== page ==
I love the outdoors: the experiences of the sights, the sounds, the air. It was satisfying, being out there with the boys, basking in the scene of the sky: Mexican Eagles, Ibis, Southern Lapwing.
Able to enjoy my environment, I was happy to assume the position of Chief Documenter. Since neither of the boys were experienced fly fishermen, the guides set them up with spinning reels and bait-casters. That being the case, it wasn’t long until Andrew got some action on his line.
The Dorado contorts, jumps, and fights which makes it an entertaining experience for the fisherman and for those in the “film crew” as I called myself. Andrew and Jean-Paul won the fight several times, and with big grins, smiled for my camera, and released them back into the river.
They were able to fish several spots on the Parana River, but soon, it was time to eat again. In Louisiana, we often talk about what we are going to eat for our next meal while enjoying our current meal. Food is habitually on our mind. As we entered the lodge, Chef took the words right out of my mouth when he declared, “Smells like Mom’s house!”
Panko-fried perdiz was the appetizer served as we sat out back in the Adirondack chairs. We then enjoyed what we can call “Mom’s House Pork and Gravy.” If you want to be showy, you can call it by the proper name, “Bondiola”. Regardless, it lived up to its aroma.
It was nap time now, a luxury that I cannot do without, especially after a hot lunch, a glass of wine, and dessert.
Although I woke up refreshed, I accepted the espresso offered to me.
And then, it was time.
It was time to shoot birds, not with a lens but with a shotgun.
We drove five minutes to the dove field. There are so many doves, that to any hunter it would be absolutely thrilling.
The guides went with Andrew and Jean to one blind, while JJ and Carmen accompanied me to another.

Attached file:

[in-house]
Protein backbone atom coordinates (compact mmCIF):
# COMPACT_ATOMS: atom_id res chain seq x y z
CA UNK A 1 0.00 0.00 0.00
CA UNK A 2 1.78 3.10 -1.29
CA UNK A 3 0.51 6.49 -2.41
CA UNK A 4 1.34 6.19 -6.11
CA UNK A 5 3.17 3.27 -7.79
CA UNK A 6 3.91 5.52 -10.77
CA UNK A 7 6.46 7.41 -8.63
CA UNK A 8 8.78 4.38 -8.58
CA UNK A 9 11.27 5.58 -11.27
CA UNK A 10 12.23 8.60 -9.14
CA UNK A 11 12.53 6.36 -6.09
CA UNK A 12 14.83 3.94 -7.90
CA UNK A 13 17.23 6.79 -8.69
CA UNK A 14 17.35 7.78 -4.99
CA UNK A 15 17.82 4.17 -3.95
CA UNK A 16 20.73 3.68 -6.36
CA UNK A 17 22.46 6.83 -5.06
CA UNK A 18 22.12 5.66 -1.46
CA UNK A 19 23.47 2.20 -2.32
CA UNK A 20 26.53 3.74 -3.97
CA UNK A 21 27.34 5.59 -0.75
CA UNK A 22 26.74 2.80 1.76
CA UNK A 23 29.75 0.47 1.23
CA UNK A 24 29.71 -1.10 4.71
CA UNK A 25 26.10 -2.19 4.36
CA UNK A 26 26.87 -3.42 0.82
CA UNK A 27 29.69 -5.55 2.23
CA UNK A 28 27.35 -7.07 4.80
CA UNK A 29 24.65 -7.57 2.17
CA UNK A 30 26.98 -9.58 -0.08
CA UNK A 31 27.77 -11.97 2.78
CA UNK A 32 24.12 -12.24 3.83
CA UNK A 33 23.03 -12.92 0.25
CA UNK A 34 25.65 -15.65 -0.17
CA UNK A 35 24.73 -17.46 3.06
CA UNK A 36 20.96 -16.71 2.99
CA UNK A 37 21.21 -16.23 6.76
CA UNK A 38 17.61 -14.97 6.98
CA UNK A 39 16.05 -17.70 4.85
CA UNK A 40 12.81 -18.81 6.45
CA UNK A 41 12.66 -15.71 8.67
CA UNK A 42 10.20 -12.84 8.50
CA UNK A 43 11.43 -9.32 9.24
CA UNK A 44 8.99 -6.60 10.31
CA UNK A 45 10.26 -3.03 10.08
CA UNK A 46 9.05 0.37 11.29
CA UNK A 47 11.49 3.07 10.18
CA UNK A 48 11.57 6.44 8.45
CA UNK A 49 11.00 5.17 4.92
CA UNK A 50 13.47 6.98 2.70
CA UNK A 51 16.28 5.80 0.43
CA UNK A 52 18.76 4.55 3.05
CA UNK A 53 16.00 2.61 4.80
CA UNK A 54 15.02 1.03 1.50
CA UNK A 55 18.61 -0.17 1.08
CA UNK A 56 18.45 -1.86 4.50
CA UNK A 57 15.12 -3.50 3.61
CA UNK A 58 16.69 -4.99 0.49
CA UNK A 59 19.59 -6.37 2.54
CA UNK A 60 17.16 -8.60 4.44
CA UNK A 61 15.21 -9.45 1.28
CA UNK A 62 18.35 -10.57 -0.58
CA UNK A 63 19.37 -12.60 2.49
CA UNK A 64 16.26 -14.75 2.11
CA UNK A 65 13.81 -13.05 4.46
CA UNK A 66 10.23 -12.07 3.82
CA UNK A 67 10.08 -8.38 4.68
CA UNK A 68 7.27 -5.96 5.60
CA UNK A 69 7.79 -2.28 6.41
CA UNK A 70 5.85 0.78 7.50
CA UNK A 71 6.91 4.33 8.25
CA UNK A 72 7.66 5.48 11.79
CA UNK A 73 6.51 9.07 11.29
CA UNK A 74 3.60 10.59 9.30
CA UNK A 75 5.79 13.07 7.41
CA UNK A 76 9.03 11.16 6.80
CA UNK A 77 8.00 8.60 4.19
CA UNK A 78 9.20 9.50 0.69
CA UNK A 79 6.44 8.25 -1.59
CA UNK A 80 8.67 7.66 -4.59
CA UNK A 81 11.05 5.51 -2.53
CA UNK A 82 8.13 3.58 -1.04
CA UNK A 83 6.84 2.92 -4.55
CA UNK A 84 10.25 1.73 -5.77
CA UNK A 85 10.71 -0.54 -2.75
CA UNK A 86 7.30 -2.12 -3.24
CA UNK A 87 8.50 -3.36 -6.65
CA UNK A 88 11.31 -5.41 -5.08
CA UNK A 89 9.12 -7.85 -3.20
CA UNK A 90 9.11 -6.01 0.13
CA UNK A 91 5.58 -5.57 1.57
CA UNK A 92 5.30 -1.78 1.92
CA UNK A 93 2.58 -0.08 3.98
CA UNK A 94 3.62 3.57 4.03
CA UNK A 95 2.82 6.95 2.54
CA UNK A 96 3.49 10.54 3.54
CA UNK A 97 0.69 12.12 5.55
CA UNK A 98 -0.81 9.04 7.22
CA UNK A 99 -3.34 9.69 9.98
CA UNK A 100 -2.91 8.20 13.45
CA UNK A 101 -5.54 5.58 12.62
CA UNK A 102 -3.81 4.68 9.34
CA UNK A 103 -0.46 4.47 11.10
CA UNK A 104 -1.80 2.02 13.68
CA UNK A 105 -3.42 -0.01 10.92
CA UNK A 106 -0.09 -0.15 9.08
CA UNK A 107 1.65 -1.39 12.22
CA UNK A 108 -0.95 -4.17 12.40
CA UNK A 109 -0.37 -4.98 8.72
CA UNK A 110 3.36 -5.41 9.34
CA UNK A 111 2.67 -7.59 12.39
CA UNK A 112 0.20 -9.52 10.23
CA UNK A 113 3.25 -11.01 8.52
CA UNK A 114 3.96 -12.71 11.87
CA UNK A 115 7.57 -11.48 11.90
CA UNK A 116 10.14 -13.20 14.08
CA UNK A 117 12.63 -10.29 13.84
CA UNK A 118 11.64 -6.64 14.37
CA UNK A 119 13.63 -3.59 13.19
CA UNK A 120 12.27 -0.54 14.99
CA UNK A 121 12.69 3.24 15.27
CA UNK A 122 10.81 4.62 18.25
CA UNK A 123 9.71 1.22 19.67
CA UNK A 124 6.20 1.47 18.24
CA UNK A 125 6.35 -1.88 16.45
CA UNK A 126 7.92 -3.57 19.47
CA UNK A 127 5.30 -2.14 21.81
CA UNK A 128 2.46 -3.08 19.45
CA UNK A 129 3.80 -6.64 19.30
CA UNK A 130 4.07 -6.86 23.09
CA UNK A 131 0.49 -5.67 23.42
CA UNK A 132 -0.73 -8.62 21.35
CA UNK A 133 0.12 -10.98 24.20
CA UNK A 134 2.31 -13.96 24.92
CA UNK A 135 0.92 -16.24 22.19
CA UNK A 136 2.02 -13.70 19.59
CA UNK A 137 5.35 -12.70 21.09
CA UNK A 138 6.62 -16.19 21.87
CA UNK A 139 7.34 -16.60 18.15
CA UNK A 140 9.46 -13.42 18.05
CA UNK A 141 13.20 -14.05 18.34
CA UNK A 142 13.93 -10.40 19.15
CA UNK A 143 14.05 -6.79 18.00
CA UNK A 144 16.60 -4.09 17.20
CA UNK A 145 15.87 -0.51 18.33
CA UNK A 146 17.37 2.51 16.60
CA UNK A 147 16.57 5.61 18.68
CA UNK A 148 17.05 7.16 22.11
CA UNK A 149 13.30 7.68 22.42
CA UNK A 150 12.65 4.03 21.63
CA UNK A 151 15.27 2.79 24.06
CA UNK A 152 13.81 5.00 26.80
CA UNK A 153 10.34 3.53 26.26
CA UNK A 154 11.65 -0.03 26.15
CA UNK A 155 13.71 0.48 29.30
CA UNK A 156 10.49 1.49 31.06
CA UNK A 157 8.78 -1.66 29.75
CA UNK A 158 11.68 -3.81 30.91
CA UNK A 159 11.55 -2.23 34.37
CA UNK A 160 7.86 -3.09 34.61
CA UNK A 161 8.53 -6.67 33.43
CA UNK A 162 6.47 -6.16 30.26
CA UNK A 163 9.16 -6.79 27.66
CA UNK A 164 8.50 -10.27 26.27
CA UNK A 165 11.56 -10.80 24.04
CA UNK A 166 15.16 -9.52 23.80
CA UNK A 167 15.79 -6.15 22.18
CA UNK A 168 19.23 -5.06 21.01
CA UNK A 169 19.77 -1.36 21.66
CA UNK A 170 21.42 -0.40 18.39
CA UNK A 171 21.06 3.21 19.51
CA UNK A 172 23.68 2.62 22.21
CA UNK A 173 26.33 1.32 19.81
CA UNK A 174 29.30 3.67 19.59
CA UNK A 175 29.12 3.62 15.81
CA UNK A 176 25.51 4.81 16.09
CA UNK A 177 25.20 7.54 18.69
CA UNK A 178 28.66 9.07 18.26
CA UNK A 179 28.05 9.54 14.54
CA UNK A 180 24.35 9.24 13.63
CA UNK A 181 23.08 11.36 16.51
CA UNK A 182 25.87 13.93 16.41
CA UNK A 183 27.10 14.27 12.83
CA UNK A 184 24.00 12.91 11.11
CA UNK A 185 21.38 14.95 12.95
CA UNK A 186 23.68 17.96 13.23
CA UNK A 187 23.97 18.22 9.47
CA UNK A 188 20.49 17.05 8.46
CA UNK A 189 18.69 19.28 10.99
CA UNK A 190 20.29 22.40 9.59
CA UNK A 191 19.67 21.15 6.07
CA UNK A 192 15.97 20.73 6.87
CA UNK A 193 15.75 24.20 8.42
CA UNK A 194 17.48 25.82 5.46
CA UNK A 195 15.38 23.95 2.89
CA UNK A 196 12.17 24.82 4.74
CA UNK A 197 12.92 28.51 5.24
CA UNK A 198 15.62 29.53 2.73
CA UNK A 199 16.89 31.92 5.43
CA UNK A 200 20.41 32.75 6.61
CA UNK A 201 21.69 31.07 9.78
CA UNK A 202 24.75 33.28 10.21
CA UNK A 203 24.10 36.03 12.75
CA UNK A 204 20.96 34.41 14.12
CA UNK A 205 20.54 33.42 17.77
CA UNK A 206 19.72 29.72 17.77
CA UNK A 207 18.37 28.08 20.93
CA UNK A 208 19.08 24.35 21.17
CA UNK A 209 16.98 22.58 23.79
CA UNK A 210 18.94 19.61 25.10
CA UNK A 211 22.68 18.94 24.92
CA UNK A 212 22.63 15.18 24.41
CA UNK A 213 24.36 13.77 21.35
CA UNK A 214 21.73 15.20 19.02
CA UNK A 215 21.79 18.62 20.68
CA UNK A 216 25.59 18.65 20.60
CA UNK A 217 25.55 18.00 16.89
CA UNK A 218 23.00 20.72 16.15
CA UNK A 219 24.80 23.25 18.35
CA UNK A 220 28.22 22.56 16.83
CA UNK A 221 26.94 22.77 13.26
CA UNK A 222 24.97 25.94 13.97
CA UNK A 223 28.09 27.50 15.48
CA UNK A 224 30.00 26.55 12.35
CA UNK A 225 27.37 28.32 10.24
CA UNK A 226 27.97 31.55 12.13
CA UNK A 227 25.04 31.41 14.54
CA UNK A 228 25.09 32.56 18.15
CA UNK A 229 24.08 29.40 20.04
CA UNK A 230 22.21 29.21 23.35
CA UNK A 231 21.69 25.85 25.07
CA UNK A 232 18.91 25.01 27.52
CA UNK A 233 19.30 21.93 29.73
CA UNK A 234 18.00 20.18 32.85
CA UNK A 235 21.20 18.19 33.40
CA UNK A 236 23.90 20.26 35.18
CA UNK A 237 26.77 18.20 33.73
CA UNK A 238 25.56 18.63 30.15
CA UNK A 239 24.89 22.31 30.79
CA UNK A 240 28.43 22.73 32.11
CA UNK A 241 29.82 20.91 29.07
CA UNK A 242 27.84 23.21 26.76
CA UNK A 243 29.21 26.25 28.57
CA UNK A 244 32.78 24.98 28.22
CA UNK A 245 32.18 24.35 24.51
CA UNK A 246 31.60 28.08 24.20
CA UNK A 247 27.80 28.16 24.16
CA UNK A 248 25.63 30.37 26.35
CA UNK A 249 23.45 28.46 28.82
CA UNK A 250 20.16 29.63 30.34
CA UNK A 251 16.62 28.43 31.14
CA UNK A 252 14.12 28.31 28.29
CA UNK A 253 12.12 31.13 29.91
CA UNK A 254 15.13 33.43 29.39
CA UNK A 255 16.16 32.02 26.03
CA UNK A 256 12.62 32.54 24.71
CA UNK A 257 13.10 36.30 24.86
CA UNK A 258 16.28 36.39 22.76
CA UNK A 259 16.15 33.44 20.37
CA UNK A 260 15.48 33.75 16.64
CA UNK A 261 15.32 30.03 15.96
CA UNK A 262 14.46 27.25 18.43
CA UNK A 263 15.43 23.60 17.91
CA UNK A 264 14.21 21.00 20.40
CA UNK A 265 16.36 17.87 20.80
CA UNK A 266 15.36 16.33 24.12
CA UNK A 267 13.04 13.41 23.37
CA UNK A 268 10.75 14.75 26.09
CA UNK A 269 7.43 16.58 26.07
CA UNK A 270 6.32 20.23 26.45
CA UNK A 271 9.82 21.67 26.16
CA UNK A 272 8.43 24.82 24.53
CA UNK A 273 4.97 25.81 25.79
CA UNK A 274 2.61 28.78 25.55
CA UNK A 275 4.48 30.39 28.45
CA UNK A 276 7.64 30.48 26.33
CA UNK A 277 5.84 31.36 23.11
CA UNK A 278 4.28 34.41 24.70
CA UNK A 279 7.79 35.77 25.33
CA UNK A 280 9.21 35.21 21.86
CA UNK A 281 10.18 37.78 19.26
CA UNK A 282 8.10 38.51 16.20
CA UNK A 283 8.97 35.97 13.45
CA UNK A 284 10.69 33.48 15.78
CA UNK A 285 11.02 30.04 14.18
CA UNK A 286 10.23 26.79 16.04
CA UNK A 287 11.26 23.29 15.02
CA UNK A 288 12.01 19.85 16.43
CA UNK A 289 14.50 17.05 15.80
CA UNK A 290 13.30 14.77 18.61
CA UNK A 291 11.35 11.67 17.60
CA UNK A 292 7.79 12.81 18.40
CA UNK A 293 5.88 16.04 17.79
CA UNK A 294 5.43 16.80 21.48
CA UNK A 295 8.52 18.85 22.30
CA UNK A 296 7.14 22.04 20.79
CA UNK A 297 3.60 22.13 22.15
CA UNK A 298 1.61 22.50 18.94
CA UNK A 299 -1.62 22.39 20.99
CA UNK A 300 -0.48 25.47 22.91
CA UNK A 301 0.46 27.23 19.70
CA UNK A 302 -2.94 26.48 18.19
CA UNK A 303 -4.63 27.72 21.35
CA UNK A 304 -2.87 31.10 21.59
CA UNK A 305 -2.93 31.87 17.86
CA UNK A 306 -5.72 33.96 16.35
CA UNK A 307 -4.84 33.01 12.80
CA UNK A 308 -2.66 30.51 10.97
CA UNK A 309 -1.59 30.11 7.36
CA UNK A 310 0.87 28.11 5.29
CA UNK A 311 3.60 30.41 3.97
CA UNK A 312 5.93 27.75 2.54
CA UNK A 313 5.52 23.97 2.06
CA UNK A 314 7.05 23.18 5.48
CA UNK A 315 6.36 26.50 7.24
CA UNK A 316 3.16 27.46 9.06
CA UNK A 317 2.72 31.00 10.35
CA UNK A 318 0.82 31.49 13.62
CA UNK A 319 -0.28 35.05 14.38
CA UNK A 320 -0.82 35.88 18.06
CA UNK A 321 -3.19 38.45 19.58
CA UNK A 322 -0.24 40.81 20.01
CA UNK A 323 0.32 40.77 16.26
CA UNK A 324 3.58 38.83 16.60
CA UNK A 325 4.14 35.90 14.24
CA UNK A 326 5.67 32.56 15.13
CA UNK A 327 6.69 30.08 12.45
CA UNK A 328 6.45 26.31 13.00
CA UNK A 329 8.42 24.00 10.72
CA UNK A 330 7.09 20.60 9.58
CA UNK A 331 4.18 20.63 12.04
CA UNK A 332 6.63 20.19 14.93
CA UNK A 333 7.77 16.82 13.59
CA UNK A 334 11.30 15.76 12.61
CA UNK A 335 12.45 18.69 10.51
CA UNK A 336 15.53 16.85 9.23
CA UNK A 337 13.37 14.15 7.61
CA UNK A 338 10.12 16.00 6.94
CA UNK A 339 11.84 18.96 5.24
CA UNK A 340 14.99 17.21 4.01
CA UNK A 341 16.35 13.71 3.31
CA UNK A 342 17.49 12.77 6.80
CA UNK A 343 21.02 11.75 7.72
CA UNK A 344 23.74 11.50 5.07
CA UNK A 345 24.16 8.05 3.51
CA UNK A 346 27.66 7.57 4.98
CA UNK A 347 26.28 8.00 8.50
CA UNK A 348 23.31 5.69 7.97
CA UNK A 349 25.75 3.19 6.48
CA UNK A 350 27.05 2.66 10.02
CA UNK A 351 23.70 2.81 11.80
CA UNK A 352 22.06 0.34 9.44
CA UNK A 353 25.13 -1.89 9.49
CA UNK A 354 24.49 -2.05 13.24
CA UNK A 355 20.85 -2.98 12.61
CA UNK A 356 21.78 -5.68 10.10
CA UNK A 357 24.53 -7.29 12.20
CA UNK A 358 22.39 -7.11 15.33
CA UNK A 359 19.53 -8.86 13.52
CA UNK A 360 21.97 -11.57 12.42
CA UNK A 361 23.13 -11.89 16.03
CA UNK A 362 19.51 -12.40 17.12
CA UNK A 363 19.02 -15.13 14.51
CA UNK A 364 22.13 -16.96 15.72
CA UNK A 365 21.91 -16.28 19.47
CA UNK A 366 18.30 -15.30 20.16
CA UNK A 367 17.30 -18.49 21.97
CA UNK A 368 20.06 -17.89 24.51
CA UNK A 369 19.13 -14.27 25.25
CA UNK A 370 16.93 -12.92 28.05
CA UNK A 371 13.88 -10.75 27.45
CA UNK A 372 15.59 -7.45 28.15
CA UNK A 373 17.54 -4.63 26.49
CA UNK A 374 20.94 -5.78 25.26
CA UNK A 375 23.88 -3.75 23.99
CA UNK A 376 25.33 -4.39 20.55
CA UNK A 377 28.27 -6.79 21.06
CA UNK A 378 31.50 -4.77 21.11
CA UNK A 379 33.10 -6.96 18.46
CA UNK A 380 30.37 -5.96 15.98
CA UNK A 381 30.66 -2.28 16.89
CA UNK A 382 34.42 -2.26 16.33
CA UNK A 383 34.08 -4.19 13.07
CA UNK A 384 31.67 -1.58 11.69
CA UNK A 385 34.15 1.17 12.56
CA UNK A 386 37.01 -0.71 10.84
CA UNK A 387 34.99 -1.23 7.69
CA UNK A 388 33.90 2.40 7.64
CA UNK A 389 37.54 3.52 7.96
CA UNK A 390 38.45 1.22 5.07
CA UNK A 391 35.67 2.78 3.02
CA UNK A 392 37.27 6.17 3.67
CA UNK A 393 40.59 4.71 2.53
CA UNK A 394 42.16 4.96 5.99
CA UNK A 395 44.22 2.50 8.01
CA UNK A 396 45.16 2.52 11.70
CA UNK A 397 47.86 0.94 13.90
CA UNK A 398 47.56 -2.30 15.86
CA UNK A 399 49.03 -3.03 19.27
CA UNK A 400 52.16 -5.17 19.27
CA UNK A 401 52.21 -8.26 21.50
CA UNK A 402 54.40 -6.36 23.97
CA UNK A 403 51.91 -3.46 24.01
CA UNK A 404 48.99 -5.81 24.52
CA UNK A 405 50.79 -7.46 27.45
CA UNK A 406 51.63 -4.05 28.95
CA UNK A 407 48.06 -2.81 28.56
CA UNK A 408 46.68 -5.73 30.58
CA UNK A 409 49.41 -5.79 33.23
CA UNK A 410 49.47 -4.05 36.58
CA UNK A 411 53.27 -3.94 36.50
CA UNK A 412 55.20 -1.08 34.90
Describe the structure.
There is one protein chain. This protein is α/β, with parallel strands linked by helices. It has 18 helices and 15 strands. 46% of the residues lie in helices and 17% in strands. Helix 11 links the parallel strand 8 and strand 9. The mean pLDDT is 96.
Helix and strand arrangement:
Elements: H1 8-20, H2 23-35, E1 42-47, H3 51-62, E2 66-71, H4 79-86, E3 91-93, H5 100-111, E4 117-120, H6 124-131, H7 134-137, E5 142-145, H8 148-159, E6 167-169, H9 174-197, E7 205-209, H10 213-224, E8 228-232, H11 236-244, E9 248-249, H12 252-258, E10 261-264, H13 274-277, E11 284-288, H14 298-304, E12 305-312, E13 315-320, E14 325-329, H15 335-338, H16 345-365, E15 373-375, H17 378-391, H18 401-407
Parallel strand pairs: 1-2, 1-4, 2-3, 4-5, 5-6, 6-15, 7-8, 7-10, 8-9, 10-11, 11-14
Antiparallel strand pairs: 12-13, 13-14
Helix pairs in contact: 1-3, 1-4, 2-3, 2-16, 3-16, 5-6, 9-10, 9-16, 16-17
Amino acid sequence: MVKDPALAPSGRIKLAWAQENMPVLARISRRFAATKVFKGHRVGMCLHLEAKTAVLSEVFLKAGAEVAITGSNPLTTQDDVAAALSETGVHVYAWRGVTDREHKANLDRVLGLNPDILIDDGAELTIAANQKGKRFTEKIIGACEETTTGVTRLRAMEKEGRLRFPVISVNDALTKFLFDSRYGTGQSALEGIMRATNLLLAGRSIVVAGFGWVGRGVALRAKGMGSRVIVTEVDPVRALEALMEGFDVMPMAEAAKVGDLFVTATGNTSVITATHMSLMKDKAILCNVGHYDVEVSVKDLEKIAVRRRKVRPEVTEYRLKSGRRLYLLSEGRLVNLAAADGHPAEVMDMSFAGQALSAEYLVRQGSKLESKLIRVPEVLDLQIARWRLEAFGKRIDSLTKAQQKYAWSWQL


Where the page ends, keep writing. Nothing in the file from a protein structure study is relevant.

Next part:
They were patient with me when I didn’t like the birds they suggested I shoot. I eased into it, mastering the proper shooting position several times. “Good”, they would tell me. Already, I was proud of myself. I shot at a few and missed. They guided me saying, “You were a little behind” or “That one was close.” A few moments later,I saw a dove approaching at a favorable angle; JJ liked it too.
I shot and down it went. Cheers erupted. They were so proud of T-Whit. Turning around, Andrew was filming. He was beaming. I kept going because it was infectious.
If they would have told me that Chef prepared the celebratory dinner in my honor that night, I would have believed them. I can be cocky like that. But thankfully, I saw Chef marinate the perdiz earlier in the day, prior to my champion shots. It’s for the best that I stay humble.
Chef’s masterpiece was orange-marinated perdiz with carrots, zucchini, and charred cabbage mixed with chimichurri. He was the real winner that day. While I was celebrated for embarking on my new shooting skill, we toasted to Chef for his dedication to his work. With masterful expertise, Jean-Paul served a delectable cuisine despite the language barrier, time constraints, and limited resources.
In keeping with all of the accomplishments that day, Andrew took his wood burning tools and free-handed duck, dove, and perdiz designs on the Los Laureles boot jacks that night.
Now, everybody was just showing off.
Exhausted from all of the day’s accomplishments, we enjoyed drinks by the fire on those green leather couches that I’d come to plop into as I would at home.
We retired to bed as we would get an early wake-up call for the ducks the next morning. The variety of hunt would start over again. A new day, a new series of hunts, a new decadent array of cuisine.
I had come to be just as giddy as those boys on their “Christmas morning.” Maybe I had become more than a spectator to the hunt. At the lodge in Argentina, maybe I had become a bird hunter.
Born and raised in south Louisiana, Whitney Bolotte Lee grew up enjoying “Sportsman’s Paradise” through experiences, food, and being a spectator. She now lives with her husband, Andrew, and two sons in Auburn, Alabama. She is gaining knowledge, confidence, and passion in hunting and fishing adventures as she represents Los Laureles Lodge in Argentina as well as through Andrew’s work as a wildlife and sporting artist.